A concept hydrogen fuel cell vehicle (FCV) that can also power a home has been unveiled by Toyota, with the promise that it will come on sale as early as next year.
The concept vehicle, a four-door mid-size sedan, is on display at International CES 2014 alongside a prototype that Toyota say has been under extensive and extreme road testing in both hot and cold conditions in North America for more than a year – consistently delivering a driving range of about 300 miles and zero-to-sixty acceleration of about 10 seconds, all with no emissions, other than water vapor. Refueling of its hydrogen tanks takes three to five minutes.
“We aren’t trying to re-invent the wheel; just everything necessary to make them turn,” said Bob Carter, senior vice president of automotive operations for Toyota Motor Sales (TMS), U.S.A. Inc. “Fuel cell electric vehicles will be in our future sooner than many people believe, and in much greater numbers than anyone expected.”
Toyota has been involved in fuel cell R&D for the last 20 years, with “massive” investment, according to a statement. Since 2002, the company has been testing and developing a series of prototypes in North America. In those 11 years – and more than a million miles – it has been able to dramatically reduce the cost of building a fuel cell powertrain – estimating a 95% cost reduction in the powertrain and fuel tanks of the vehicle it will launch in 2015, compared to what it cost to build the original prototype in 2002.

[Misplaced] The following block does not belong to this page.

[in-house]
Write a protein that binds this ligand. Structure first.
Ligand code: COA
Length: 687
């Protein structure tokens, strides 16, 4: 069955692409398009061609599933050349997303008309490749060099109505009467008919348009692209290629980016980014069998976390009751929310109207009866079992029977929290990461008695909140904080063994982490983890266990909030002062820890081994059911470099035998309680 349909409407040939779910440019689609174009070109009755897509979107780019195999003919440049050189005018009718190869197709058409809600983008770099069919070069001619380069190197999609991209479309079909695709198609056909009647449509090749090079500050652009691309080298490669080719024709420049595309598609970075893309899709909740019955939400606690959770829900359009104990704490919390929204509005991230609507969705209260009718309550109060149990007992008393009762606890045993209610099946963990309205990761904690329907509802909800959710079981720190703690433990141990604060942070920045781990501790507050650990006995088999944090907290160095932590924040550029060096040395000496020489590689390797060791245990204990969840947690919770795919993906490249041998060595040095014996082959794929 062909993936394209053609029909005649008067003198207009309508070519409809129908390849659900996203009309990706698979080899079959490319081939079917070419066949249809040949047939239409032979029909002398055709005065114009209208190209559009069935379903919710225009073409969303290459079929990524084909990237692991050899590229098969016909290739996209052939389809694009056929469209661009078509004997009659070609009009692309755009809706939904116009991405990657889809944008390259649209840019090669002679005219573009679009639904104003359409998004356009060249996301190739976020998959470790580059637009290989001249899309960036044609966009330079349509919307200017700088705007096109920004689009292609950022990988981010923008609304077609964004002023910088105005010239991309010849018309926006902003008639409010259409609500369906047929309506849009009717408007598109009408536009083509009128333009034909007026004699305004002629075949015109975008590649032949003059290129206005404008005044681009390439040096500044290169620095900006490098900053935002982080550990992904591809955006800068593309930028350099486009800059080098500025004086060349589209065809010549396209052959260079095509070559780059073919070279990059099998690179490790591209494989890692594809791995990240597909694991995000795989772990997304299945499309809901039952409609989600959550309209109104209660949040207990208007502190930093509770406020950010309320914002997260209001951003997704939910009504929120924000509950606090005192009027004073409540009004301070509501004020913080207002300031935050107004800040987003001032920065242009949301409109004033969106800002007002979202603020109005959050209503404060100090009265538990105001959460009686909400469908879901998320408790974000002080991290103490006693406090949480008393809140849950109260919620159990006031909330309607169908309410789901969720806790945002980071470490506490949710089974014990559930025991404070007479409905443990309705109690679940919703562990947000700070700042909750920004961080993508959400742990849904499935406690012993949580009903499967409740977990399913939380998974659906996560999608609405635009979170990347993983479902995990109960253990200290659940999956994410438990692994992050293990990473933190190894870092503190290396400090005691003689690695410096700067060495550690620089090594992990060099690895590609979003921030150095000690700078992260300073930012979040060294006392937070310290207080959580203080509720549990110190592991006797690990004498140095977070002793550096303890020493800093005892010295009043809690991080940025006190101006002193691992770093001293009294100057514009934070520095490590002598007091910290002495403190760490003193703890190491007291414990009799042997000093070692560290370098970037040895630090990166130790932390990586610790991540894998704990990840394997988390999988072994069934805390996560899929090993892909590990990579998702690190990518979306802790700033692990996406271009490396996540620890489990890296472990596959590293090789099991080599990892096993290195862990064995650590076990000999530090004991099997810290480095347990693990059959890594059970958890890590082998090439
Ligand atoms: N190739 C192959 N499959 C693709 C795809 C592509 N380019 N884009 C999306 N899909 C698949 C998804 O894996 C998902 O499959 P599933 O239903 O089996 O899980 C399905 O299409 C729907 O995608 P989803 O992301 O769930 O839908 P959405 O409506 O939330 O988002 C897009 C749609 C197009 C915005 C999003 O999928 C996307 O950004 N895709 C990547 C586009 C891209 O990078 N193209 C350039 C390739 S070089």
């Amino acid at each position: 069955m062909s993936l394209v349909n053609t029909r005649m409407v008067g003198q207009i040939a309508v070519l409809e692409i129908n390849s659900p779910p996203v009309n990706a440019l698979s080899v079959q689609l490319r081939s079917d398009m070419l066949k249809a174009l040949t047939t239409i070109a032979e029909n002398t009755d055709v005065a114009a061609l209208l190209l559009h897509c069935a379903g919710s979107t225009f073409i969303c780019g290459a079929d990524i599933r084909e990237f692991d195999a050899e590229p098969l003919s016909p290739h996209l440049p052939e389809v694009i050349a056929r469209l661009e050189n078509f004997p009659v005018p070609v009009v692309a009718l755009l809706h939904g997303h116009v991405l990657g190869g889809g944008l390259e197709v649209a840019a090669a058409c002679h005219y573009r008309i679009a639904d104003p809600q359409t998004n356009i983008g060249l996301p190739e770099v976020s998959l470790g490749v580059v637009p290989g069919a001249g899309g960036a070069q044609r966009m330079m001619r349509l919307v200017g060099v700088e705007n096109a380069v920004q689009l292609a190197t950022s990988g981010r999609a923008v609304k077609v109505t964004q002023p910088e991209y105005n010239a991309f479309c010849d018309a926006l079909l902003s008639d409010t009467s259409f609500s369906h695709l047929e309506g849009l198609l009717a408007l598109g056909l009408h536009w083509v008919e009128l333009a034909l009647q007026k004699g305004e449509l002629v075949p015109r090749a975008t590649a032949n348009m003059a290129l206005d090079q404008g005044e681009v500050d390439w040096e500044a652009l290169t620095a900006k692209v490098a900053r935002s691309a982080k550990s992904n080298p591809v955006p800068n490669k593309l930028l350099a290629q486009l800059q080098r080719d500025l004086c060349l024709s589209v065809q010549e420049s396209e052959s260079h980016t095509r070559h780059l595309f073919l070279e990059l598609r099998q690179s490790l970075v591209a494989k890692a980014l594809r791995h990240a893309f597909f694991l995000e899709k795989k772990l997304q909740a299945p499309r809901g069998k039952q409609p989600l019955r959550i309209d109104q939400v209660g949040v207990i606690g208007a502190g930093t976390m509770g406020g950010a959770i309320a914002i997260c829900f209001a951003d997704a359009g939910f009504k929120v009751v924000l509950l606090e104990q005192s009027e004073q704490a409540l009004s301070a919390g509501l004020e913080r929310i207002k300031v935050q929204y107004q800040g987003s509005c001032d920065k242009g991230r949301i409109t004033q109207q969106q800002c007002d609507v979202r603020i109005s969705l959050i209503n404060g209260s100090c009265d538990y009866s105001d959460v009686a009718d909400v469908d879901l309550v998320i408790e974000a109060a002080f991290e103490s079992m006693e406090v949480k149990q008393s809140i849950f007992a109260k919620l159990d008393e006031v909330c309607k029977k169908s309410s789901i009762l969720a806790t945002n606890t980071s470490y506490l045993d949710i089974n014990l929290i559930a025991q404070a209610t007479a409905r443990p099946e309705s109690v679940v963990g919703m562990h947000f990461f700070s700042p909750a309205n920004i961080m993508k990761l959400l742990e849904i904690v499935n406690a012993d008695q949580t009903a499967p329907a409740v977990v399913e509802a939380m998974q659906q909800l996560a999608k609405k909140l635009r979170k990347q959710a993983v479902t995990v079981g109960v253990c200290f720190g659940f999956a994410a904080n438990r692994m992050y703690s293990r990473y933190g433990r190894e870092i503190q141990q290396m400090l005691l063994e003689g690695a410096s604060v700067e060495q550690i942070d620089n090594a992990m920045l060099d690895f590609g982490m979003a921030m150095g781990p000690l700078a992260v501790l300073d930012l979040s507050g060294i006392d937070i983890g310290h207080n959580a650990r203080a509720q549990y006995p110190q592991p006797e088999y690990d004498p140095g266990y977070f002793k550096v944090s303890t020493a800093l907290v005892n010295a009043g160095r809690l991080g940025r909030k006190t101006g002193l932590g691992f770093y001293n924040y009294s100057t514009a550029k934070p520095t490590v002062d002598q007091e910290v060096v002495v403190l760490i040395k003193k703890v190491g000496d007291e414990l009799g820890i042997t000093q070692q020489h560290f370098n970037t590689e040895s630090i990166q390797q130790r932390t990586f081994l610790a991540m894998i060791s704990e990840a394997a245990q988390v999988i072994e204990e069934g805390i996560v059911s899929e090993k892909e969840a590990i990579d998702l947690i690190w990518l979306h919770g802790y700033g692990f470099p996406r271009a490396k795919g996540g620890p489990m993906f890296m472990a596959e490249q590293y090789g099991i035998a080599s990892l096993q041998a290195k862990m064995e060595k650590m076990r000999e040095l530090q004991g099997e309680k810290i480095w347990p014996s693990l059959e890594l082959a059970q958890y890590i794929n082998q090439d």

Toyota claim a fully-fueled vehicle will be capable of supplying enough energy to power a house for a week in an emergency. Engineers are currently looking to develop an external power supply device that could be used in this manner.
Toyota plan to launch the vehicle initially in California. To this end the company has been working with the University of California Irvine’s Advanced Power and Energy Program (APEP) to help map out potential locations for new hydrogen fueling stations. Based on the APEP model – which assumes that owners want to reach a refueling station within 6 minutes – an initial cluster map requires only 68 station sites in the San Francisco Bay area and Silicon Valley, as well as Los Angeles, Orange and San Diego counties. If implemented, these could handle a fuel cell population conservatively estimated by APEP at about 10,000 vehicles.
The prospect of FCVs and solar powered vehicles – as demonstrated with Ford’s C-MAX Solar Energi concept EV, also unveiled at CES 2014 – is going to offer alternative options to plug-ins. Besides the initial purchase costs, “fuel” costs, i.e. the cost per mile of hydrogen versus electricity, can be expected to be an important consideration in buying decisions.